A once promising footballer who turned to crime to fund his gambling addiction when injury abruptly ended his career has been jailed for a year after admitting trying to steal from shops.
Ordering 24-year-old Jamie Davidson to spend a further year on licence after his release, Antrim Crown Court Judge Desmond Marrinan said it was "tragic to see a young man with your gifts as a footballer end up in this situation".
Having heard how Davidson committed the offences to repay a violent loan shark, the judge said given his young age he still had the chance to "get on with your life in a successful way".
"While life won't lead to the glittering prizes on the soccer field, keep away from the villains and rogues who lent you this money," urged Judge Marrinan.
At an earlier hearing Davidson, from Carnduff Drive in Ballymena, pleaded guilty to the attempted robbery of the Polita shop on Lower Mill Street in the town, trying to steal a camera from Curry's, damaging the camera's security cable and the attempted theft of cash from a Save the Children charity shop and from Nik Naks.
Having progressed to the senior team after joining Ballymena United's youth academy, Davidson was considered to be one of the most talented players in the Irish League and scored against Linfield on his debut for Ballymena United.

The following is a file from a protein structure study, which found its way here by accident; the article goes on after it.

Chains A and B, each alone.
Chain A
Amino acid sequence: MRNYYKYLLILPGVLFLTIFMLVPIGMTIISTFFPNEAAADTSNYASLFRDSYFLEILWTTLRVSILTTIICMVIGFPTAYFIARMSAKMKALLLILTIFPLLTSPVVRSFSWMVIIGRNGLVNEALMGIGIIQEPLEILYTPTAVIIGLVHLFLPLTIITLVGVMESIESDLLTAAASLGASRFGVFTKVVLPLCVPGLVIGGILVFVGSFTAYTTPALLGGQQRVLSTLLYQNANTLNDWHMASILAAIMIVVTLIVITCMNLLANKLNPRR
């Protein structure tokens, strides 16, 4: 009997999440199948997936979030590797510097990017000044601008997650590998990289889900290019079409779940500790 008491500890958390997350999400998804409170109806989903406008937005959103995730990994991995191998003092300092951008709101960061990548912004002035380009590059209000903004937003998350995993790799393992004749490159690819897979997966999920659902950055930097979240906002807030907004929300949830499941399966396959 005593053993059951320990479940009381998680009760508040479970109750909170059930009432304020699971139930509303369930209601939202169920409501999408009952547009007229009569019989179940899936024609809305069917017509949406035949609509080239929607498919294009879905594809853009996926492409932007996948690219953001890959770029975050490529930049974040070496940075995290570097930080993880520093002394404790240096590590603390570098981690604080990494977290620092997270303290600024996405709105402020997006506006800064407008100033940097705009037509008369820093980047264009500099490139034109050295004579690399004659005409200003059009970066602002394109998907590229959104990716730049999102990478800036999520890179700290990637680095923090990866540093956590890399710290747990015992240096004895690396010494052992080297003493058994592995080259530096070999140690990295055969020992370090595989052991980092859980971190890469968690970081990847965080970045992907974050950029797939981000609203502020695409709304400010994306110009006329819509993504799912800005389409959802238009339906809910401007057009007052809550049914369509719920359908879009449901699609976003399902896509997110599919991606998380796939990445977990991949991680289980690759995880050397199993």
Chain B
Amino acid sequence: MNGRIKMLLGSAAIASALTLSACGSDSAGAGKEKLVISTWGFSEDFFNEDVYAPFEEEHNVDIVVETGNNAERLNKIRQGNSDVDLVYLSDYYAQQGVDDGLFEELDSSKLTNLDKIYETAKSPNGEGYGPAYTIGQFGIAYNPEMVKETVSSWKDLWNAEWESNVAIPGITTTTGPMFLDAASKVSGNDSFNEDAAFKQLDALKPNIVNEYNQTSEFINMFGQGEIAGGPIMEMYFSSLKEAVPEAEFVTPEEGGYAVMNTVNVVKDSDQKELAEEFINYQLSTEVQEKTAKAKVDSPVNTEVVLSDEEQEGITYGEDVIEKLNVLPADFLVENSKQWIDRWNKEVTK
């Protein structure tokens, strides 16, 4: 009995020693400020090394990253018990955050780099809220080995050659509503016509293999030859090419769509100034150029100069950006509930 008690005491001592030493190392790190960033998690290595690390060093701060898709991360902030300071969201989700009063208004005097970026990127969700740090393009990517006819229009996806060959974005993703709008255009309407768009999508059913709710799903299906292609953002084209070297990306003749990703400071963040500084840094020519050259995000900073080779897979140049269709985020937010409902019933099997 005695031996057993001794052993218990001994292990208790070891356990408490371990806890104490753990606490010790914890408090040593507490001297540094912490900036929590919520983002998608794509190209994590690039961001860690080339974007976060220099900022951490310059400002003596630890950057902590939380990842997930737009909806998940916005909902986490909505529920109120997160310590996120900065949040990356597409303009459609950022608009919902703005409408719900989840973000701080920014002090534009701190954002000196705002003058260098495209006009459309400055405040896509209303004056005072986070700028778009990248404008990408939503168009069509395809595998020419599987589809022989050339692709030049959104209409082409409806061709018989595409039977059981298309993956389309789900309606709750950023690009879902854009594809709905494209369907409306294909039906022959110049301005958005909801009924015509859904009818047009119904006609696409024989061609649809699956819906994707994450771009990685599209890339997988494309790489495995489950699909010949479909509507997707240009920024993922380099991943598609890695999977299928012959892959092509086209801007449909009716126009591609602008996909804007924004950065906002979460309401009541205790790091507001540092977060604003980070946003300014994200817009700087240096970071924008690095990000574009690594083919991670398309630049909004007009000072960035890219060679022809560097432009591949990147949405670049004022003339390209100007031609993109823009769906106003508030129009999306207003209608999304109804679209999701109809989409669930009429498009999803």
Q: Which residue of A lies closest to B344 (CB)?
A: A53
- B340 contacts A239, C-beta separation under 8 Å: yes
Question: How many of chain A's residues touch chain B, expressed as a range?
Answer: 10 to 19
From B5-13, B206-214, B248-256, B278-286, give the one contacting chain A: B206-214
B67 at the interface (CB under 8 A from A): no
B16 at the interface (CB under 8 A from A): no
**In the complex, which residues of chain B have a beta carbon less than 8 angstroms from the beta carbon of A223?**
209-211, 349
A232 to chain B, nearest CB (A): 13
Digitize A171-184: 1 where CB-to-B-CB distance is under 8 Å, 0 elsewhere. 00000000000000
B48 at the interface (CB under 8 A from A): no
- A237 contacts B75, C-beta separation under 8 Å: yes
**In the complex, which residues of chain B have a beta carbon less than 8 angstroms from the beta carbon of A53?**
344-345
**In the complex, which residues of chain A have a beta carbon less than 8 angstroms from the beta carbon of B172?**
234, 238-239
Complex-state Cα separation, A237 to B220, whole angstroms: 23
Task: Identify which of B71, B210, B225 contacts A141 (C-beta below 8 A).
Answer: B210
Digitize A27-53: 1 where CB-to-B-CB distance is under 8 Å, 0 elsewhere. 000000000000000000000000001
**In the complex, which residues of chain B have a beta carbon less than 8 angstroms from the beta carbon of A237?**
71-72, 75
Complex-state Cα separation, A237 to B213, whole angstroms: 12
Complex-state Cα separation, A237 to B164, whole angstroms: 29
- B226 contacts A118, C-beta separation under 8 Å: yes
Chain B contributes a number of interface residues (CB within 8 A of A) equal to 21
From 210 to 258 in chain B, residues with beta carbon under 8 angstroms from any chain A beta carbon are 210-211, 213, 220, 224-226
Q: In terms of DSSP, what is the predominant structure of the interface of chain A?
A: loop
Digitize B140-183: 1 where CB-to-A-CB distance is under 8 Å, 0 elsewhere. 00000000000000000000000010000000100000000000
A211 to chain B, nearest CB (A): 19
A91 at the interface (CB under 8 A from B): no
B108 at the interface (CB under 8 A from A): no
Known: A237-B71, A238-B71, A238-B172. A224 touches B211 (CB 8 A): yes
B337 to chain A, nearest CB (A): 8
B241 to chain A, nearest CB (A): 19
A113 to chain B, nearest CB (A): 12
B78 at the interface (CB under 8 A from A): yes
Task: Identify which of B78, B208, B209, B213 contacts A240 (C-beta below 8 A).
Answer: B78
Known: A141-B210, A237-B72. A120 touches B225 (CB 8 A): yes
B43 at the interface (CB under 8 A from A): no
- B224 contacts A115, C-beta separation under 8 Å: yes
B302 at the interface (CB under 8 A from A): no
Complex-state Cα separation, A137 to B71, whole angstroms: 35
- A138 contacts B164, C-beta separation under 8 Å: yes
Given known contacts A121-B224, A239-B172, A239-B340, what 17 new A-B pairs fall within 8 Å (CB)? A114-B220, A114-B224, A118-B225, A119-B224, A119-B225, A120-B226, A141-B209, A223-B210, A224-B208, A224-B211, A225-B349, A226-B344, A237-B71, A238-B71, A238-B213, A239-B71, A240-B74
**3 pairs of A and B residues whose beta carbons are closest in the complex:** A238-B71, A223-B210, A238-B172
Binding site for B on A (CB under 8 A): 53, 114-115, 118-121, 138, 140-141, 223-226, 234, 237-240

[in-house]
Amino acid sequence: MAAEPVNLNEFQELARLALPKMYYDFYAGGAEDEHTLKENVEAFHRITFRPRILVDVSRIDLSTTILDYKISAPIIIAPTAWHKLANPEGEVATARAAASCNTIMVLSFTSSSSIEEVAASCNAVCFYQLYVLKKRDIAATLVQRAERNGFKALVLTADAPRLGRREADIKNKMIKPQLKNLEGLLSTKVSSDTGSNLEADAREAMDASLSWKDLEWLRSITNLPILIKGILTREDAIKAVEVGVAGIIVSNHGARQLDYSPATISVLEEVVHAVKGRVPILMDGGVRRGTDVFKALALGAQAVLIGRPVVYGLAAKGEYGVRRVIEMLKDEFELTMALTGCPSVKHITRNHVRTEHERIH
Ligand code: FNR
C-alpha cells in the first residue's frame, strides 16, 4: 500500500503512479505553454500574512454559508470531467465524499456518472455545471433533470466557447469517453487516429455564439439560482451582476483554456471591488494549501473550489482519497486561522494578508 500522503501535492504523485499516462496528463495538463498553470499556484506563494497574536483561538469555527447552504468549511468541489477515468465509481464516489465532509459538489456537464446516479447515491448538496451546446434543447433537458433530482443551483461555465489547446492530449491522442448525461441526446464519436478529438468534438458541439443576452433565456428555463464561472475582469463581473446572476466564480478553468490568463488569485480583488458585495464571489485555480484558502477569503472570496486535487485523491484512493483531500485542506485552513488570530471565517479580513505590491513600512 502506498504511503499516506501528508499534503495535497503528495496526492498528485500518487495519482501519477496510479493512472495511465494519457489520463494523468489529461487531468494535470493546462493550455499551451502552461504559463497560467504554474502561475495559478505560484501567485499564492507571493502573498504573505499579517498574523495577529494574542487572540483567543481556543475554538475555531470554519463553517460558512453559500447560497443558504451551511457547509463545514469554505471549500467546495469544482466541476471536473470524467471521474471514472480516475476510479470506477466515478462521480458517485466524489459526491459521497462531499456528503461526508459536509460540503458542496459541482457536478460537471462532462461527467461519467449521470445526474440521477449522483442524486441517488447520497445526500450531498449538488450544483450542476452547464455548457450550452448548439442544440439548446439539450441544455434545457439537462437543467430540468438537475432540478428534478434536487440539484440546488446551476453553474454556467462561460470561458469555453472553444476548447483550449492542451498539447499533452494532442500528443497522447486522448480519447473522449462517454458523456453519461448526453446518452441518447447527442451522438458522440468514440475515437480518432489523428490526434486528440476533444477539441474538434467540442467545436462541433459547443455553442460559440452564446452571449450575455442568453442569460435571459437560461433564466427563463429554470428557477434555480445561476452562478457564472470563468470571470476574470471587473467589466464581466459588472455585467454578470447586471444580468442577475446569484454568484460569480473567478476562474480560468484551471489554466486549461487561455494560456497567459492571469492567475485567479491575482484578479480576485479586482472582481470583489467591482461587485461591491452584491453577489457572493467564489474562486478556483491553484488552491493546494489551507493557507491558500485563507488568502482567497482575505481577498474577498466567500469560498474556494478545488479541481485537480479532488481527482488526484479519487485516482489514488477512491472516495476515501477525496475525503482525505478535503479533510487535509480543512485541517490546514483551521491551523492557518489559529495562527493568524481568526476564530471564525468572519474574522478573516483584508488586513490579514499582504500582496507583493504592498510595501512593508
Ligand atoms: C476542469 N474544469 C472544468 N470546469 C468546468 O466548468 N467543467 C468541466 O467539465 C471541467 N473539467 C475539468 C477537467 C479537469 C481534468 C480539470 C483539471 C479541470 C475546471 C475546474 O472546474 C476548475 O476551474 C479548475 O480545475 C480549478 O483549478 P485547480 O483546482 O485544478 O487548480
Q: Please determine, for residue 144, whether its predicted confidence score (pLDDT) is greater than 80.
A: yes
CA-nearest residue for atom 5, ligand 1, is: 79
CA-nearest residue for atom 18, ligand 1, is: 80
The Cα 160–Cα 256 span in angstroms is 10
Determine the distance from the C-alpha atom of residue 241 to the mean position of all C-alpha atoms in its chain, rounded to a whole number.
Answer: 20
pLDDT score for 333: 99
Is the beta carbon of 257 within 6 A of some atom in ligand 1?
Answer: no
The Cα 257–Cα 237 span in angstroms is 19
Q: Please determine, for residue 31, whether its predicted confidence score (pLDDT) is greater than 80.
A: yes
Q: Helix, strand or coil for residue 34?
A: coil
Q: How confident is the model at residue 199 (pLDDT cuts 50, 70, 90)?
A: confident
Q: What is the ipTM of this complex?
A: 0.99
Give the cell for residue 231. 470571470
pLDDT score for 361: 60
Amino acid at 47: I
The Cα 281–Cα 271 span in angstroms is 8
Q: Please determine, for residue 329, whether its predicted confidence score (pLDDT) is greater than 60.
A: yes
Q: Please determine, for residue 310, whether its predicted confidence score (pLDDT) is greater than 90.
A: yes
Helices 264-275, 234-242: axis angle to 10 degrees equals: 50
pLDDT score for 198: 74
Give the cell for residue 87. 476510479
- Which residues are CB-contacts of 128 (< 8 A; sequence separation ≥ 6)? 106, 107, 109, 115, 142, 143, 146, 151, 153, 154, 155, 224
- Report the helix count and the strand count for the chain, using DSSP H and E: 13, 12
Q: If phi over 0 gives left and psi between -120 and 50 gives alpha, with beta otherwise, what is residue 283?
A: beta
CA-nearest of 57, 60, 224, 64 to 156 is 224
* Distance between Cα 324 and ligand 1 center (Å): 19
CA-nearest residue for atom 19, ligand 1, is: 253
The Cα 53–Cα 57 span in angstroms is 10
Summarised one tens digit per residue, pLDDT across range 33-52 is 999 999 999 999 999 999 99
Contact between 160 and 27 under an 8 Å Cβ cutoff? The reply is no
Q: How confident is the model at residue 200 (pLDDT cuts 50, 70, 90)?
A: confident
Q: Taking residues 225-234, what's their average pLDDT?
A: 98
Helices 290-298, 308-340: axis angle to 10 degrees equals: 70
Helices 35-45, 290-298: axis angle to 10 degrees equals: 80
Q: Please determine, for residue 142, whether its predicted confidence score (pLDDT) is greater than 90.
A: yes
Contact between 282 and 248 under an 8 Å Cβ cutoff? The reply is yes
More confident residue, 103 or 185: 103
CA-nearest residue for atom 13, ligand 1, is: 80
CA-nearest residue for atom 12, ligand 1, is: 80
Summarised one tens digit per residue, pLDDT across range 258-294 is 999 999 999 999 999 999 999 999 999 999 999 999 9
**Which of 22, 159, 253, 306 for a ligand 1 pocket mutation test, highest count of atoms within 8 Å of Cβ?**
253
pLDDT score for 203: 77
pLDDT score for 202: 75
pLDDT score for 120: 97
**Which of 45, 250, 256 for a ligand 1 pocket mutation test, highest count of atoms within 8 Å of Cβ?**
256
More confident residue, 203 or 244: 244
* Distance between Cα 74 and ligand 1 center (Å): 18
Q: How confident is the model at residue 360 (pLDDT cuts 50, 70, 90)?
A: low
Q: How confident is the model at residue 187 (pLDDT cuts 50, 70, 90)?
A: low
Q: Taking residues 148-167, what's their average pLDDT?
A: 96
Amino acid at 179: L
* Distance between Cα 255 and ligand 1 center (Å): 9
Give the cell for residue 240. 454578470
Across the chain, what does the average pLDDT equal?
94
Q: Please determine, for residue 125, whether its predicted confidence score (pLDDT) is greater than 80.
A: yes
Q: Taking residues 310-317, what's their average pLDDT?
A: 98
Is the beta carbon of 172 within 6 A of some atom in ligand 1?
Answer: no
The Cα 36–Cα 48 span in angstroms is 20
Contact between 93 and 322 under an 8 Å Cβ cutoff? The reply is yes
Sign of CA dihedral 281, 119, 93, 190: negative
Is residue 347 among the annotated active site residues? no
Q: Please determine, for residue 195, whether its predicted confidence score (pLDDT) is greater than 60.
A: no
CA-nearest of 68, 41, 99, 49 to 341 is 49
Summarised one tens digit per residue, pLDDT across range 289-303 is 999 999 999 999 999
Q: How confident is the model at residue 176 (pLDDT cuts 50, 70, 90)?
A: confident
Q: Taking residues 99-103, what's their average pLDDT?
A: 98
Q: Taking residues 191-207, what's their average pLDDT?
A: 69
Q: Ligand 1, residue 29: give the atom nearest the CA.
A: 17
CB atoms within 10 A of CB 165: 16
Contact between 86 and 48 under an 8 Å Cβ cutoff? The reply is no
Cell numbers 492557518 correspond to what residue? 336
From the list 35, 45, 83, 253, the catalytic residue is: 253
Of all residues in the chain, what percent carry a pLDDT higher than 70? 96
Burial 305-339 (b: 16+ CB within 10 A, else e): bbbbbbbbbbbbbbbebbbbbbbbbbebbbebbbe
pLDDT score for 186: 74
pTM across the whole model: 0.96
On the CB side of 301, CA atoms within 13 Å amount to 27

Father-of-one Davidson, who was being scouted by the likes of Liverpool and Spurs, was playing for Scunthorpe United in the English lower leagues when injury brought his career to an abrupt end.
In court yesterday, defence barrister Michael Smith revealed that Davidson had been in the magistrates courts repeatedly after his career had come to a halt.
He described his appearance in the Crown Court as a "massive fall from grace".
Prosecuting lawyer Tessa Kitson told the court the incidents all happened within the space of a few hours on November 28 last year and followed roughly the same pattern of Davidson entering the various shops, asking for money but leaving empty handed.
She said the only time Davidson produced the knife he had was at the Polita Polish food shop, but that as he held it so low and far away, the lady behind the counter didn't even realise it was a robbery until later that day.
In his plea in mitigation, Mr Smith outlined how Davidson's life "began to spiral out of control" following the injury which ended his career in 2016, including a gambling addiction he could not afford and the break-up of his relationship.
Mr Smith revealed that Davidson's family had paid the debt "for the defendant's own safety" and since then, he had been "trying to reconstruct his life" and find a different career, possibly as a barber.
Sentencing Davidson, Judge Marrinan said his life "seems to have gone astray dramatically over a short period of time" following his football injury, something which was "out of your control".